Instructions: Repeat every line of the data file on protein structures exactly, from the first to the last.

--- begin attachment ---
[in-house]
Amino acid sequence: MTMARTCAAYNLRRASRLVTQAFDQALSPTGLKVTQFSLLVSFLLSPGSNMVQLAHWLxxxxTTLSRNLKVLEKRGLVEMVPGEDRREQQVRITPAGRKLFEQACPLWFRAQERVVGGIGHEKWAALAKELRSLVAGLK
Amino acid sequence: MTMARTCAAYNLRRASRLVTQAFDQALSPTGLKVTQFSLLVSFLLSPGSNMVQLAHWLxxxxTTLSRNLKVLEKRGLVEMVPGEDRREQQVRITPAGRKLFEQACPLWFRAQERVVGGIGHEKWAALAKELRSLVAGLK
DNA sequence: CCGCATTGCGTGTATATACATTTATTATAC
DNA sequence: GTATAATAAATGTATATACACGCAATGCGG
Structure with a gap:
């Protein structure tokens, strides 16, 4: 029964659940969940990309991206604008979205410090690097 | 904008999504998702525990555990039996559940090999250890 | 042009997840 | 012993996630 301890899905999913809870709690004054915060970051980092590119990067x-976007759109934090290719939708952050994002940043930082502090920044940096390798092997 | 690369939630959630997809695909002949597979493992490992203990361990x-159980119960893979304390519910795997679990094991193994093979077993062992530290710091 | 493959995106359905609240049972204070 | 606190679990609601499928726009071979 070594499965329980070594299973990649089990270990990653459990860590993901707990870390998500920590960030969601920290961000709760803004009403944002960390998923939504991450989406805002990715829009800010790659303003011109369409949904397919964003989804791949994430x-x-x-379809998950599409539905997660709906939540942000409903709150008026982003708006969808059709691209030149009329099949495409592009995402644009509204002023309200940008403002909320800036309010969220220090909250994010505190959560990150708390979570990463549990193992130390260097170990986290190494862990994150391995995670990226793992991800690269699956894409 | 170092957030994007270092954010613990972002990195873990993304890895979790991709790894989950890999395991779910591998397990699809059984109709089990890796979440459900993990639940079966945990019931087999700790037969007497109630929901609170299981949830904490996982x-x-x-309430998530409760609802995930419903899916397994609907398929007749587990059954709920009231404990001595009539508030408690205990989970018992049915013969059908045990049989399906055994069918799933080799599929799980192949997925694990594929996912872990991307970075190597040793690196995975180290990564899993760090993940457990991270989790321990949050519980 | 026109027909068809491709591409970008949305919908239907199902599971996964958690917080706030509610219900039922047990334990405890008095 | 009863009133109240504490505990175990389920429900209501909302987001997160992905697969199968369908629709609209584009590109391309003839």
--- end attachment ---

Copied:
[in-house]
Amino acid sequence: MTMARTCAAYNLRRASRLVTQAFDQALSPTGLKVTQFSLLVSFLLSPGSNMVQLAHWLxxxxTTLSRNLKVLEKRGLVEMVPGEDRREQQVRITPAGRKLFEQACPLWFRAQERVVGGIGHEKWAALAKELRSLVAGLK
Amino acid sequence: MTMARTCAAYNLRRASRLVTQAFDQALSPTGLKVTQFSLLVSFLLSPGSNMVQLAHWLxxxxTTLSRNLKVLEKRGLVEMVPGEDRREQQVRITPAGRKLFEQACPLWFRAQERVVGGIGHEKWAALAKELRSLVAGLK
DNA sequence: CCGCATTGCGTGTATATACATTTATTATAC
DNA sequence: GTATAATAAATGTATATACACGCAATGCGG
Structure with a gap:
């Protein structure tokens, strides 16, 4: 029964659940969940990309991206604008979205410090690097 | 904008999504998702525990555990039996559940090999250890 | 042009997840 | 012993996630 301890899905999913809870709690004054915060970051980092590119990067x-976007759109934090290719939708952050994002940043930082502090920044940096390798092997 | 690369939630959630997809695909002949597979493992490992203990361990x-159980119960893979304390519910795997679990094991193994093979077993062992530290710091 | 493959995106359905609240049972204070 | 606190679990609601499928726009071979 070594499965329980070594299973990649089990270990990653459990860590993901707990870390998500920590960030969601920290961000709760803004009403944002960390998923939504991450989406805002990715829009800010790659303003011109369409949904397919964003989804791949994430x-x-x-379809998950599409539905997660709906939540942000409903709150008026982003708006969808059709691209030149009329099949495409592009995402644009509204002023309200940008403002909320800036309010969220220090909250994010505190959560990150708390979570990463549990193992130390260097170990986290190494862990994150391995995670990226793992991800690269699956894409 | 170092957030994007270092954010613990972002990195873990993304890895979790991709790894989950890999395991779910591998397990699809059984109709089990890796979440459900993990639940079966945990019931087999700790037969007497109630929901609170299981949830904490996982x-x-x-309430998530409760609802995930419903899916397994609907398929007749587990059954709920009231404990001595009539508030408690205990989970018992049915013969059908045990049989399906055994069918799933080799599929799980192949997925694990594929996912872990991307970075190597040793690196995975180290990564899993760090993940457990991270989790321990949050519980 | 026109027909068809491709591409970008949305919908239907199902599971996964958690917080706030509610219900039922047990334990405890008095 | 009863009133109240504490505990175990389920429900209501909302987001997160992905697969199968369908629709609209584009590109391309003839």